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Out of Nowhere by Patrick LeClerc.
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Weeping Willows


Daniel Tierney

Lilith looked up at the trees in the distance, marveling at how they appeared to be a kind of frozen rain.  What are those trees called again?  In such circumstances it was permissible to inquire of strangers.  She walked up to an elderly couple who were eating ice cream cones and smiled.  They smiled back and waited calmly if not entirely pleased to be interrupted while eating. “Excuse me, but do you happen to know the name of those trees over there?”  Lilith pointed at the trees and smiled again. The woman squinted through her glasses, then looked at her companion with a puzzled face.  The man finished his cone, wiped his mouth with a small paper napkin, carefully folded it and put it in his pocket before saying, “of course, those are called…”


…and Lilith was surprised to find herself standing in front of an older couple she did not know. They seemed to be equally confused by her presence. Not knowing what else to do, she turned and walked away.  As she waited at the cab stand, Lilith could just make out the couple still staring at her from the corner of her eyes. The next cab pulled up and she got in and pressed her left hand on the panel located on the dashboard.  After several seconds the panel beeped and the cab started up and began following the GPS to her apartment and…  


…she was sitting on her sofa in front of the wall screen, which was showing an old movie. The actors looked vaguely ridiculous in their outmoded uniforms, which were wrinkled and baggy.


It was evening and she was hungry.  She took out her tablet and pressed the “food” icon. The tablet prompted her to select “evening meal-vegan”.  While she waited for it to arrive, Lilith played a card game on her tablet and...


…the man she was making love with rolled over and off the bed. She noticed that he was very quick to remove the sheath from his member and toss it into the wall incinerator. This made her wonder if he had faked his completion, not that it mattered that much to her.  She had been moderately satisfied, which was all she was seeking, so it was a relief when he left right after the payment was approved. She felt pleasantly sleepy and stretched out on the bed. The lights flashed off and…


…she sat at her work station and yawned as she expertly touched the screen each time the red circle appeared. Her right hand hovered just above the “delete” key, which she pressed as soon as a red circle appeared. The work was very boring but also very easy, so she had plenty of time to chat with her friend on her head phone.  Martha had a similar job at another site, so they carried on their dialog almost uninterrupted, except when the supervibots would pass over them. But their soft whirring motors always alerted her in time to stop speaking before it came into hearing and sight range. Lilith hazily remembered something she had been told in formation about some person who had said something about defensive measures always being a step behind reality. She must ask someone who said that and…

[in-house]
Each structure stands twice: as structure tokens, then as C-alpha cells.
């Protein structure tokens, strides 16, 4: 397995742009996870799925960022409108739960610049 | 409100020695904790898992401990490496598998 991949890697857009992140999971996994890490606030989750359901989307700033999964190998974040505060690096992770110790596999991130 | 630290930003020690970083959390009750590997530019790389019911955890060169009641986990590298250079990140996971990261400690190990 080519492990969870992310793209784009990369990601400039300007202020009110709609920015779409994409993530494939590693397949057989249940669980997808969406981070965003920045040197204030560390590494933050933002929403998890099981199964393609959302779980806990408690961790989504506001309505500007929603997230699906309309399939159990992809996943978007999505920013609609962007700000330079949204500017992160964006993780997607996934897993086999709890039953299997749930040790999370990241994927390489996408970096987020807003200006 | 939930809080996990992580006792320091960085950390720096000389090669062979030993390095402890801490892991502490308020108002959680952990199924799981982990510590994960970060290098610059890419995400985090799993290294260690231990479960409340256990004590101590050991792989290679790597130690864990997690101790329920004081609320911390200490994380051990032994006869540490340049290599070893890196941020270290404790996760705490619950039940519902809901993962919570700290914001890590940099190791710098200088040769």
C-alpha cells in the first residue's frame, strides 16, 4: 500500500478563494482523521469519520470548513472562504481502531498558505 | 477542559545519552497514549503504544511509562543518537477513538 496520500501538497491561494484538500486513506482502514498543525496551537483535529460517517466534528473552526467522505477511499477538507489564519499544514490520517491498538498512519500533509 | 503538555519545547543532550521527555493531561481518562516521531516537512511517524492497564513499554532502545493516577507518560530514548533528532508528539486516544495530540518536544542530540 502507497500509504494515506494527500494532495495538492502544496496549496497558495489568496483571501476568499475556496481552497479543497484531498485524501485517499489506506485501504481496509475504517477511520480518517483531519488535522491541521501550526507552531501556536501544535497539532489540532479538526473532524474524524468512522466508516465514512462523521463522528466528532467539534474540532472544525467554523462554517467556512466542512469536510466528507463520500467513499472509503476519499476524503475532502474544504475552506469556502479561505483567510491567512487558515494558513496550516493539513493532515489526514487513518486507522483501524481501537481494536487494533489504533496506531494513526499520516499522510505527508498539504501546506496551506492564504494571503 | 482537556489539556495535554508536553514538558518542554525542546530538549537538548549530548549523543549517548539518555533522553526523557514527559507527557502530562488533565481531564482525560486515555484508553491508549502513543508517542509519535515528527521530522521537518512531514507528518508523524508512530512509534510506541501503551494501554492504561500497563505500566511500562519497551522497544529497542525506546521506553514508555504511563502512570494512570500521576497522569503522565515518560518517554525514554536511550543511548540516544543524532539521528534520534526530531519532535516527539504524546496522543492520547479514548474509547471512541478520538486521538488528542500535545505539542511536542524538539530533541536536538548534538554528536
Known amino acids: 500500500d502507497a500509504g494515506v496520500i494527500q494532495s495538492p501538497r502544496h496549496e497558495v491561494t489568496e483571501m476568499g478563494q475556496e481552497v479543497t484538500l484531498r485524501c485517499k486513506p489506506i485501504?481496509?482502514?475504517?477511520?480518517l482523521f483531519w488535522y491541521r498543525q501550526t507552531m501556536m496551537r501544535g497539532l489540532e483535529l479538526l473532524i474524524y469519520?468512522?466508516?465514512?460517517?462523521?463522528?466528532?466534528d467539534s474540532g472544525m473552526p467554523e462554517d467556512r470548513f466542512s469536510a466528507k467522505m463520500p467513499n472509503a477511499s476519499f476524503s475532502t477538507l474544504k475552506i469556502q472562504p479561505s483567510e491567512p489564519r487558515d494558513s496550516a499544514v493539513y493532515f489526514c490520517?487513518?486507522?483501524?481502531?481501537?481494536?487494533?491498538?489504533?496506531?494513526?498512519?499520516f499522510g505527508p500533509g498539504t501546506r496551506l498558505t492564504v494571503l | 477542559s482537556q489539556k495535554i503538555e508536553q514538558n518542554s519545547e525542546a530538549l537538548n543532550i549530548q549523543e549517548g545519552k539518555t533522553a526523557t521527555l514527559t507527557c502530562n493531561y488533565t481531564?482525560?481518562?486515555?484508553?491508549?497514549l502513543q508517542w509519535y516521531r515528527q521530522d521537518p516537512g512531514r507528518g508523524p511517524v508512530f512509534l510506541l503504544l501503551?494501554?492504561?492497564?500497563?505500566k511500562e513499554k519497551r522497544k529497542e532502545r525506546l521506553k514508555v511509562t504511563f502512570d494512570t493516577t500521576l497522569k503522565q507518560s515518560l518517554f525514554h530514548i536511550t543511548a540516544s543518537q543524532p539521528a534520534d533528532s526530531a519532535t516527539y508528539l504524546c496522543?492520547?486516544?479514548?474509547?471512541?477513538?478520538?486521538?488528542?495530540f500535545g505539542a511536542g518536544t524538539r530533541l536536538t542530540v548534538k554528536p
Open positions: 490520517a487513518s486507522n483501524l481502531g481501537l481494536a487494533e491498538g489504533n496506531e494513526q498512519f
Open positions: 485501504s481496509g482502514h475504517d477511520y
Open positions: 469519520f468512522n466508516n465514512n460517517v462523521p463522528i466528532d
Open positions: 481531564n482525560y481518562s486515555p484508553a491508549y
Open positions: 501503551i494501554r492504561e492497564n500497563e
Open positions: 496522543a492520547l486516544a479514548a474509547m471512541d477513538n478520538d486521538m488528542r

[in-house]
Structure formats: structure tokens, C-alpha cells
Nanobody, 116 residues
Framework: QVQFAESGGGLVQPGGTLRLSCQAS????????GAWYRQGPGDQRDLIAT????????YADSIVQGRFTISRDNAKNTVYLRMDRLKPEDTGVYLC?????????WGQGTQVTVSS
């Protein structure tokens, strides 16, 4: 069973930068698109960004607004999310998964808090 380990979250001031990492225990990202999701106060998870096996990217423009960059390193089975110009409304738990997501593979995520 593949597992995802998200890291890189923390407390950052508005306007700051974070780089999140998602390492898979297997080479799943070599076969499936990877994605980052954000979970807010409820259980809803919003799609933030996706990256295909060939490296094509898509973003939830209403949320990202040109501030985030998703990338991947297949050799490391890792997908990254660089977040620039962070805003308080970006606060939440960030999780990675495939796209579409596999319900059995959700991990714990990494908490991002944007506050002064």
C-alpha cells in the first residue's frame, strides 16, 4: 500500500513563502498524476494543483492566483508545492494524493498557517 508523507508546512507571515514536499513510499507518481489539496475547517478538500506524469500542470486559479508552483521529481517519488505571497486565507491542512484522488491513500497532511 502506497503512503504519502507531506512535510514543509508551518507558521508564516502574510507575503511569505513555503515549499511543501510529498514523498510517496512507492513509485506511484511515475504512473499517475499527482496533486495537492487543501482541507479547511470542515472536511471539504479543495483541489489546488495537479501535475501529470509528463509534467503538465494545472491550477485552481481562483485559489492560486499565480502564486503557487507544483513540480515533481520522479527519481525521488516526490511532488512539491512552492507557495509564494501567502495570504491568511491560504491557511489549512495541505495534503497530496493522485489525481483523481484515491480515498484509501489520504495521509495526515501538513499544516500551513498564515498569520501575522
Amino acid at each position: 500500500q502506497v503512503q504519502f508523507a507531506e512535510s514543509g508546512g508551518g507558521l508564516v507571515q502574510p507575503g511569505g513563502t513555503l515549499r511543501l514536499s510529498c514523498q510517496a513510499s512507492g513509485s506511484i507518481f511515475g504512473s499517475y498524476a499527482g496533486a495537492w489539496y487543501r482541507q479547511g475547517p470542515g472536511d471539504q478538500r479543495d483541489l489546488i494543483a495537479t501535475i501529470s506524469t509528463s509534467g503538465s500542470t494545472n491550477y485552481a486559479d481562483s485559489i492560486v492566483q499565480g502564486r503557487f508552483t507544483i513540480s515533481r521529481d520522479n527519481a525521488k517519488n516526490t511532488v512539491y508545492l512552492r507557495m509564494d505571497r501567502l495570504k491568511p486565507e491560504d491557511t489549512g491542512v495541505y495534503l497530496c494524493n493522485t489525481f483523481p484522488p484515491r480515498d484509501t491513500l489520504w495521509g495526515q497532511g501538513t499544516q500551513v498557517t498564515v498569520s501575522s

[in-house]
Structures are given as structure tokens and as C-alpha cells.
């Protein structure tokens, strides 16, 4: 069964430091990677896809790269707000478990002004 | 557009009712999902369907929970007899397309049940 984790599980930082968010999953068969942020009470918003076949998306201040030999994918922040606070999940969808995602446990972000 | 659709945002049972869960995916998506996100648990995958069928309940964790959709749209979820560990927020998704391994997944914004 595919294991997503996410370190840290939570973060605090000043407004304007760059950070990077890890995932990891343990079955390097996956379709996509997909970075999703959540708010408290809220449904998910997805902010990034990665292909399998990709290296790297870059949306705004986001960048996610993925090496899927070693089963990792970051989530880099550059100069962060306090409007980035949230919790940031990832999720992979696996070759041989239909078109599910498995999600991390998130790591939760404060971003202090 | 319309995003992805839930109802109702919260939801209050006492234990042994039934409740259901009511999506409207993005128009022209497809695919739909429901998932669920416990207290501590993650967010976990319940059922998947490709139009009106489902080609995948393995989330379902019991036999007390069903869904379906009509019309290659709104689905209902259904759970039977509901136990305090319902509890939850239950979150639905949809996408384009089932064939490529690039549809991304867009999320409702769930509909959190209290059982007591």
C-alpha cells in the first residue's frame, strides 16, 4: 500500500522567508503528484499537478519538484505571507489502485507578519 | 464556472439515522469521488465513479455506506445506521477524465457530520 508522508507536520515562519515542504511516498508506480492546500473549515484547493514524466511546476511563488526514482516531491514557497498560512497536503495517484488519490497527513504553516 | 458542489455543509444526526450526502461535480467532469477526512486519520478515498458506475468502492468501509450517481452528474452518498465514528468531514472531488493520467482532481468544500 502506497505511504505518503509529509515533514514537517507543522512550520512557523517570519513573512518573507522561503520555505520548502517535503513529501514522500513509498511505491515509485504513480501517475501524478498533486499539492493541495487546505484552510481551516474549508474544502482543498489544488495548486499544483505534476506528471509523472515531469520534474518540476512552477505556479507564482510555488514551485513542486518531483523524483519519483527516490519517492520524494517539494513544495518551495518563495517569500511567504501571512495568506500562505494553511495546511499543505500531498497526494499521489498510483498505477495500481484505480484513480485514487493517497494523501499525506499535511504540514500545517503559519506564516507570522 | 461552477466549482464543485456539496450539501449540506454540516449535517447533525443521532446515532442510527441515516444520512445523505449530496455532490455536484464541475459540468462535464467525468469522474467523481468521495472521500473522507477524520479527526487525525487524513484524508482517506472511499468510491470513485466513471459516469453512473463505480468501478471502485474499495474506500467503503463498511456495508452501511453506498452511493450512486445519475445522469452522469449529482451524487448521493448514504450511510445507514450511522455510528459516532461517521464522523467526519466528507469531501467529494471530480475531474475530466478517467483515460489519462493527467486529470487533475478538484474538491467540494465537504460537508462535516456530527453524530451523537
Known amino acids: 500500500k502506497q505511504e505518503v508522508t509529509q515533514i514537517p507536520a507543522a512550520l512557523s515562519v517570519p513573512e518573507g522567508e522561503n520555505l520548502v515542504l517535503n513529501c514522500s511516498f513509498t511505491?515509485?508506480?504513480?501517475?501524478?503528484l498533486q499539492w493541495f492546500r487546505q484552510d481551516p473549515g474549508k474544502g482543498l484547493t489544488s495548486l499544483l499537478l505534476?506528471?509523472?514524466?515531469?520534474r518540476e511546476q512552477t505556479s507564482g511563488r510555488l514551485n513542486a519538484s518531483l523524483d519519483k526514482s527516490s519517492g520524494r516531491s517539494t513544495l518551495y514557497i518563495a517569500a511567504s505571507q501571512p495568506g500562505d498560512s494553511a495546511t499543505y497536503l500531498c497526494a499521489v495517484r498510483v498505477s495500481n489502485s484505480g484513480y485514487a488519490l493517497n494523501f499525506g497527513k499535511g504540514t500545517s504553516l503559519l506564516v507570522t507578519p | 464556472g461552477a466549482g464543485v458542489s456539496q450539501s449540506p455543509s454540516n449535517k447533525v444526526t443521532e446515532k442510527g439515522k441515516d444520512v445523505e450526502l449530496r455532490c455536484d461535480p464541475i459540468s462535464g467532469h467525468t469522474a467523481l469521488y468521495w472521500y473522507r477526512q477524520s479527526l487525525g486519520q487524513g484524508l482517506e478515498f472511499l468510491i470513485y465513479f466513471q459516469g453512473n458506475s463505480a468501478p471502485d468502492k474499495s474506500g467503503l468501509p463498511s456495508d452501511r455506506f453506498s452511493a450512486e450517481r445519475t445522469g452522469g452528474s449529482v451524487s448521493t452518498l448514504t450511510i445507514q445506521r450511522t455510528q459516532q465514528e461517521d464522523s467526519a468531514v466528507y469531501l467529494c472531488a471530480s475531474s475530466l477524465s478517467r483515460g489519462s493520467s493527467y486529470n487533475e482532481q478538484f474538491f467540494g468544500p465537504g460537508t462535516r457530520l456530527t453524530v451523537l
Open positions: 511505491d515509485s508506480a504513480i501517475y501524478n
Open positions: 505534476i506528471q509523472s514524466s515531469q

...she entered the assembly hall and took a seat near the back.  The place was only half full, so she wondered if she had arrived too early. But soon the lights dimmed and soft music began to play from the wall speakers. The greenish mist rose slowly and with it the faint odor of flowers. Lilith tried to keep her eyes open for as long as she could, but they soon fluttered and closed, as they always did. A warmth spread out from the base of her spine and…


…there was a loud noise outside her door, and Lilith ran up to it and turned on the scanner. The well-lit hallway seemed deserted at first, but on the second pass she saw a man dressed in white standing over a woman who appeared to be unconscious. The man seemed to sense someone watching him and turned his head in the direction of her door. Lilith quickly stepped away from the door, but not before she saw that the man had no eyes. This has nothing to do with me. Lilith went into the  room and...


…it was morning and Lilith woke with the feeling that she had dreamed but could recall nothing specific about it.  All she was left with was the sense of having transgressed some law that she would someday be punished for.  To escape this lingering mood she decided to use her day off to clean her apartment, even though she could have simply turned on the cleaning system and then  went out for a few hours while it did its’ work.  As convenient and pleasant as it was to come home to find the place spotless, it also often made her feel that some presence had been there that was checking up on her.  There was an old word that people used to describe this feeling, but she could not remember it, except that it began with a ‘b’ or a ’p’.  Lilith got down and all fours and swept with her arm under the couch.  The swirl of dust made her cough, but when she recovered there was an object lying a few inches from her nose that she couldn’t immediately identify. It appeared to be a small blue cube that pulsated with a soft light from within. She picked it up and…